A nipa hut quitely sits amidst fields of organic rice standing witnessing hardwork and persistence of the farmers in Sitio Canaan, Barangay Crossing, Magallon, Negros Occidental. © Greenpeace/Gigie Cruz-Sy

Only a couple of decades ago, genetically modified organisms (GMO) would have been something out of science fiction. In the not so distant past, we never imagined we would find on our dinner tables strawberries with fish genes, corn with bacterial genes, and soybeans with built-in herbicides. Little did we know that such scenes would turn into reality in a dizzyingly short period of time. But this is now part of today's reality.

In the natural world, organisms develop specific desirable traits through evolution. This is usually a very slow process and driven by natural laws---not by human beings. Typically, an organism develops a color that will camouflage it from potential predators through hundreds or thousands of years of selection and adaptation. And, in the natural world, species never breed with unrelated species.

Greenpeace activists dressed to symbolize the "bul-ul", a traditional Ifugao rice guardian, carried out a protest at the Department of Agriculture in Quezon City. © Greenpeace / Joseph Agcaoili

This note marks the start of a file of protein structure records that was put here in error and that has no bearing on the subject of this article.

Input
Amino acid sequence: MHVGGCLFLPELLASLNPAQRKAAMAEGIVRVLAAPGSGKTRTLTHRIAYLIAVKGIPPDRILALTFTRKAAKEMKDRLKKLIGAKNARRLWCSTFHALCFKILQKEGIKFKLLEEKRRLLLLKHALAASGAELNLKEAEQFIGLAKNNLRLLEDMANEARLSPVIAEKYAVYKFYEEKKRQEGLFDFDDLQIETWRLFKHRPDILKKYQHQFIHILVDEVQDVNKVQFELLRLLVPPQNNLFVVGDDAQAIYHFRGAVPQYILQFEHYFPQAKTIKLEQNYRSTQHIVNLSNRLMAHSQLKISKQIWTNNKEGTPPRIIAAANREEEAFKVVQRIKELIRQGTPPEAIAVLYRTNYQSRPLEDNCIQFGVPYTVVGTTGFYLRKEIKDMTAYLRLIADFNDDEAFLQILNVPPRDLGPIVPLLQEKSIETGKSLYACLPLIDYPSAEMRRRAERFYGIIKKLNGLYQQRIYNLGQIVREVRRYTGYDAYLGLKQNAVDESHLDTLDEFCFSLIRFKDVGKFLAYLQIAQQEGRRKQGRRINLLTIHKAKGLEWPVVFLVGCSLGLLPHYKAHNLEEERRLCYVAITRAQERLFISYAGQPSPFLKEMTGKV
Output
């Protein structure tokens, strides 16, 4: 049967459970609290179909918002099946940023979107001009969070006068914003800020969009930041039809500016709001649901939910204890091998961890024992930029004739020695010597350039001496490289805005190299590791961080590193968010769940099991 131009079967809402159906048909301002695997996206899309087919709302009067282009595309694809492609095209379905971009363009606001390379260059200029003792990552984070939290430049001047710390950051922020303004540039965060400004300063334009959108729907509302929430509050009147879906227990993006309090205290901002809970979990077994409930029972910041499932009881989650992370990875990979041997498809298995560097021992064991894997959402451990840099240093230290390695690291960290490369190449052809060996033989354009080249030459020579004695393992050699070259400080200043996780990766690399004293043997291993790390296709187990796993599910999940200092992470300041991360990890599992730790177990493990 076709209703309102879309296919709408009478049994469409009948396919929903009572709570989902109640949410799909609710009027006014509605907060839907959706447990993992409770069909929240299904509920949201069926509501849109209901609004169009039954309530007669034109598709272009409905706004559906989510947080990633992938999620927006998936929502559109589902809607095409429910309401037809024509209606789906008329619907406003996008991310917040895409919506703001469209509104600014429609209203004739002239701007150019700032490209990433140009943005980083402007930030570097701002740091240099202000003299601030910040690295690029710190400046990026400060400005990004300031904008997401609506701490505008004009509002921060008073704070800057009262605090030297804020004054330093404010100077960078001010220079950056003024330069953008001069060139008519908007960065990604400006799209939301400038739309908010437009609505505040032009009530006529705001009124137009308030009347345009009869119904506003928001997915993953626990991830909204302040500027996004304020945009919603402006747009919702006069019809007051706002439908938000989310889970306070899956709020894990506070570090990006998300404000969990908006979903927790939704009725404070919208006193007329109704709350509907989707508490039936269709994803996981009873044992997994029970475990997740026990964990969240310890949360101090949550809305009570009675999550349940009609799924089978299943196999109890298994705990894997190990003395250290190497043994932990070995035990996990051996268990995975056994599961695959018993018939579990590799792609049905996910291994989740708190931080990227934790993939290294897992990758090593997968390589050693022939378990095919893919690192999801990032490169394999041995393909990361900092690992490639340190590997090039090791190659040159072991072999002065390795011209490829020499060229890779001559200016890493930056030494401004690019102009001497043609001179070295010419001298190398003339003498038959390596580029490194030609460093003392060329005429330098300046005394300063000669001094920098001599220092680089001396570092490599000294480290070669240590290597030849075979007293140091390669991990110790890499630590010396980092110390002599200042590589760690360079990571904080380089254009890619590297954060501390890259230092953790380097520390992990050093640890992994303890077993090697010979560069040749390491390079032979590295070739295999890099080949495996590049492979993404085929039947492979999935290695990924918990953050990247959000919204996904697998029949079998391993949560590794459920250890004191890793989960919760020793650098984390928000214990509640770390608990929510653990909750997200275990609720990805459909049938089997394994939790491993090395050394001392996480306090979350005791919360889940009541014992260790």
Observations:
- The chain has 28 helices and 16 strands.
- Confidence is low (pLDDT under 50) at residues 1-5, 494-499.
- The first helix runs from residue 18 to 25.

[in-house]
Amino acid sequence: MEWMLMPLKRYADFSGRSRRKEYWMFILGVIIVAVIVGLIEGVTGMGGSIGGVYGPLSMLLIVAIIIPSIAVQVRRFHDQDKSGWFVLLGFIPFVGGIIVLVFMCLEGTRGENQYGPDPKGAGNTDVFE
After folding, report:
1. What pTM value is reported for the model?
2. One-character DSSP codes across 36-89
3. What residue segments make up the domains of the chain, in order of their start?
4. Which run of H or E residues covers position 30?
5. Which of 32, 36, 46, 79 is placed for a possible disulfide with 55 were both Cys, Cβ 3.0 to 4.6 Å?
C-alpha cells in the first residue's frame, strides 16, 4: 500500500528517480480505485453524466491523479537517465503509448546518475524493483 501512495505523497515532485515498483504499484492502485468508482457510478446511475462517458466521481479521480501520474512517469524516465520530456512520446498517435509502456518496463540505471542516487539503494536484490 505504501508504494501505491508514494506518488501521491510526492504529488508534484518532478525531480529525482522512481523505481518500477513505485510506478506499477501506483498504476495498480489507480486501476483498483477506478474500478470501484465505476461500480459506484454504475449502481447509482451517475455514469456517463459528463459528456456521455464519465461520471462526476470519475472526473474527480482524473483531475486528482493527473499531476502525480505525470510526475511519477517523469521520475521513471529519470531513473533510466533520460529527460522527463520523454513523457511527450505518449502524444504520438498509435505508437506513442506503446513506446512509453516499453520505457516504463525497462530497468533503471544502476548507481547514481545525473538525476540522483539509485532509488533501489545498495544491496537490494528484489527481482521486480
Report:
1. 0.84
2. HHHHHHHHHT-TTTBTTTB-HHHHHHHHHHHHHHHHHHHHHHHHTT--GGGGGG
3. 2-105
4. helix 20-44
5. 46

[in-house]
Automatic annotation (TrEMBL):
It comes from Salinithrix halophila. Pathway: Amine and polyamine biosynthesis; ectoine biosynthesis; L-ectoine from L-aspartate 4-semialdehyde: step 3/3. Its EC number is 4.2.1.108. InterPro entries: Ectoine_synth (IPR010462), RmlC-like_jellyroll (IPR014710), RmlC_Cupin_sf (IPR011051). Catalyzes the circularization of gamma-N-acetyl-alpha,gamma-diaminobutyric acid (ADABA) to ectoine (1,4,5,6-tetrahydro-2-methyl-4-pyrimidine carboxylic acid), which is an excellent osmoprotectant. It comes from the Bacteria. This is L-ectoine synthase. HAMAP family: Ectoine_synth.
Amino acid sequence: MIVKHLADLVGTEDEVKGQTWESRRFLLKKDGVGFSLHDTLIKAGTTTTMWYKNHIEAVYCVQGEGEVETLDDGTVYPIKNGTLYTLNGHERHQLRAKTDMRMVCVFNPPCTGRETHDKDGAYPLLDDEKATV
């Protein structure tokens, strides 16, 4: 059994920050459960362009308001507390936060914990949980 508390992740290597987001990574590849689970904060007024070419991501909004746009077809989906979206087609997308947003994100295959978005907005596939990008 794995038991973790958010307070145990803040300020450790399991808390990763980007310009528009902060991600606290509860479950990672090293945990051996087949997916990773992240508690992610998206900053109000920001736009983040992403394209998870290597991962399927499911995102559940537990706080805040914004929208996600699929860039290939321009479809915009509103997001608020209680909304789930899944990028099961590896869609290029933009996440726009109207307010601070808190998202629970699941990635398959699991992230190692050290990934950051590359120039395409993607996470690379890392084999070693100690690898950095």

With the advent of genetic engineering, the natural barriers between species have been broken down. Today, different species can be genetically manipulated to give rise to totally new organisms, presumably with a human-desired trait. Today, through human intervention, a fish can contain genes from a plant, and a plant can be 'shot' with genes from a bacterium. The possibilities for novel organisms are endless with this technology. They are also unpredictable and frightening.

Greenpeace is in the forefront of the campaign to oppose the release of GMOs into the environment. Greenpeace insists that because the technology is very new and imprecise, the potential ill effects on public health and on the environment are still widely unknown. The truth is no one knows for sure how these new man-made creations will affect life on planet Earth. Therefore, because there is still no scientific consensus as to long-term impact, and in accordance with the precautionary principle, it is best that no releases of GMOs into the environment be allowed.

This technology must be approached with great caution and more study! Releasing GMOs into the environment could have lasting effects that we cannot yet even imagine.

The latest updates

 

GMO producers are taking away consumers' rights

Blog entry by Daniel Ocampo | March 16, 2014

I once heard a scientist say:  if GMOs are patented because they are different from conventional (normal) crops, why do the companies producing them put a lot of effort into stopping the labelling of goods that use them as ingredients...

Greenpeace and MASIPAG ask the SC to uphold the Writ of Kalikasan on Bt Talong field...

Press release | March 5, 2014 at 14:33